Data. Automation. Hardware and software. Growers have more technology than ever at their disposal, but how to make sense of it all? Growers are figuring that out.
A suite of new technologies has come available to help tackle the age-old problem of labor shortages and other issues growers have been dealing with for decades — centuries even. All of them have one thing in common — digitization. But what is digitization and how do growers wrap their heads around it?
“In the early days, no one really knew what ‘digital’ meant — but we all thought it was a cool word. Digital platforms mean so many different things to so many different people,” says Roger Rotariu, North American Marketing Lead for Nuseed. “In a lot of ways, for me, it’s just a new way of doing things, a new way of capturing information. You can do with it what you want to — keep it simple or get really deep into it, if that’s your thing. It’s a tool like any other, really.”
Rotariu’s been in the seed business long enough to remember when things moved slower than they do today.
“As recently as five years ago, in order to launch a new seed variety or hybrid, you’d have to go out there and compare 40 acres of this against 40 acres of that. You’d have to be there right when the farmer took his combine out because you can’t hold them up. They’ve got, you know, 5,000 other acres to combine in a short window,” he recalls. “Now, we have tools that really shave a lot of that time off. Things really have changed. It’s a totally new world in terms of how easy it is to start proof testing new products and sunflower and canola growers are benefiting in all kinds of ways.”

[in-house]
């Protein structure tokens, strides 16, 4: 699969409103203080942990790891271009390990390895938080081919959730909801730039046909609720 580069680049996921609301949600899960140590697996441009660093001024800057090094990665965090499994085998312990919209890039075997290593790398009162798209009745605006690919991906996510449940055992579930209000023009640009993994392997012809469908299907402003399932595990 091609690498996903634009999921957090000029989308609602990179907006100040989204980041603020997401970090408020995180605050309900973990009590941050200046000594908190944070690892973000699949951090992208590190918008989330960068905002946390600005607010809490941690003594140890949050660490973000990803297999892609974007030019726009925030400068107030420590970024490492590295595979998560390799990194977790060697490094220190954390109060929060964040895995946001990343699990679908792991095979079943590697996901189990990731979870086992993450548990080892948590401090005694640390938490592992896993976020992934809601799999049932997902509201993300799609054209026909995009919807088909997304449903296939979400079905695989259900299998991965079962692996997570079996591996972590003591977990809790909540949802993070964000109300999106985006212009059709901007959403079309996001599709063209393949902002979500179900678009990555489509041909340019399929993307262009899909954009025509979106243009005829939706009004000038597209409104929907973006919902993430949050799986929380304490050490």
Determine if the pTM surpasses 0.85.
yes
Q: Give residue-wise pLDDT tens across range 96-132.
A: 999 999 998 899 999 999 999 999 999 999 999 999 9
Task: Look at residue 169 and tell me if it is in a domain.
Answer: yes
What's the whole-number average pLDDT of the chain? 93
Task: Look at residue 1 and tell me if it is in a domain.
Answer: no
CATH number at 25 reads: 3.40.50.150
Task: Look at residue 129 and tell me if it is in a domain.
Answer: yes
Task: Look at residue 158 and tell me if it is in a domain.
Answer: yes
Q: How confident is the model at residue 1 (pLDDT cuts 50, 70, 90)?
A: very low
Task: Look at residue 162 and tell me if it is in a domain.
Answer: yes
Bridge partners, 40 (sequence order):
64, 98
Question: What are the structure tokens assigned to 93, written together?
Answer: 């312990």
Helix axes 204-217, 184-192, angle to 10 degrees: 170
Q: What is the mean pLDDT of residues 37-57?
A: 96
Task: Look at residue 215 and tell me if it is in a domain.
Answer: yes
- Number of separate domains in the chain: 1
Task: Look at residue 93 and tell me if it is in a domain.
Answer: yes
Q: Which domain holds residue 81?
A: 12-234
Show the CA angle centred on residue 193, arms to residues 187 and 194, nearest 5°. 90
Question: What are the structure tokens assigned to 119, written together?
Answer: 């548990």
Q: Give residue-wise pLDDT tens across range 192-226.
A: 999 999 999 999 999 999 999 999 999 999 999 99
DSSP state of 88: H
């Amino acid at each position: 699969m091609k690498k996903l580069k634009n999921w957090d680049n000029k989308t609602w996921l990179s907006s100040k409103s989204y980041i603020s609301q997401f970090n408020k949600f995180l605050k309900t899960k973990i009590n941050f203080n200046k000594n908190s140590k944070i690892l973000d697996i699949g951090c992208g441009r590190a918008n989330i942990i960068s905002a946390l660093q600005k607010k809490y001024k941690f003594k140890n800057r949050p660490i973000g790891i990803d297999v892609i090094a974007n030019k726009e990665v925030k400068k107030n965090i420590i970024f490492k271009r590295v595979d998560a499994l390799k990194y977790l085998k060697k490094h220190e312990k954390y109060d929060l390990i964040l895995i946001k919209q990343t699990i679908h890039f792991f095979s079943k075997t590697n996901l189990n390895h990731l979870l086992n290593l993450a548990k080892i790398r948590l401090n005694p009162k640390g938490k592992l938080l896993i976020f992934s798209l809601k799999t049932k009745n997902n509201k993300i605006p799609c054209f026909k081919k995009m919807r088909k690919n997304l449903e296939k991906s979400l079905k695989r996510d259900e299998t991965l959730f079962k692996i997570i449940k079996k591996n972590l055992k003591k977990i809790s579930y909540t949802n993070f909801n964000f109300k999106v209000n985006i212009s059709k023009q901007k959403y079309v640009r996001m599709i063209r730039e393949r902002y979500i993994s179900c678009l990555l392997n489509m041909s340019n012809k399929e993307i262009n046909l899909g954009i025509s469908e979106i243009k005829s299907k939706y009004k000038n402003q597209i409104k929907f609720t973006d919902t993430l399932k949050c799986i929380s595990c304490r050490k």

Imagine spending more time out of the cab, knowing that tasks are still being accomplished with absolute precision. Imagine not needing anyone to drive that tractor, and not having to worry about having enough people on hand to do the work.
Skilled farm labor is becoming harder to find every year, the capital cost of new equipment is extremely high, and used equipment depreciates quickly. Standardized autonomous power units are the ideal solution, according to Wade Robey, Executive Director for Raven Autonomy. They reduce labor costs and are less costly to operate providing improved efficiency, he says.
Equipment design is simplified, and a wide range of implements will be available allowing for multiple operations across the growing season without the limitation of skilled labor. This combined with the ability to use a single power platform that links with multiple implements provides significant capital cost advantages per acre while lowering depreciation expense.
Early in 2020, Raven acquired DOT Technology Corp., the developer of the DOT Autonomous Power Unit (APU). Raven DOT has the ability to pair with a wide range of implements which are critical to agricultural production and will offer a variety of labor-saving solutions to farmers and agri-retailers alike, according to Robey.
Fusing Raven’s current precision ag technology portfolio with Dot, and the recently acquired Smart Ag now provides Raven with core technology platforms in communication and logistics, guidance and steering, path planning, perception and obstacle avoidance and machine and application control. It is this combination of technologies that enables Raven to deliver autonomous solutions to the market today.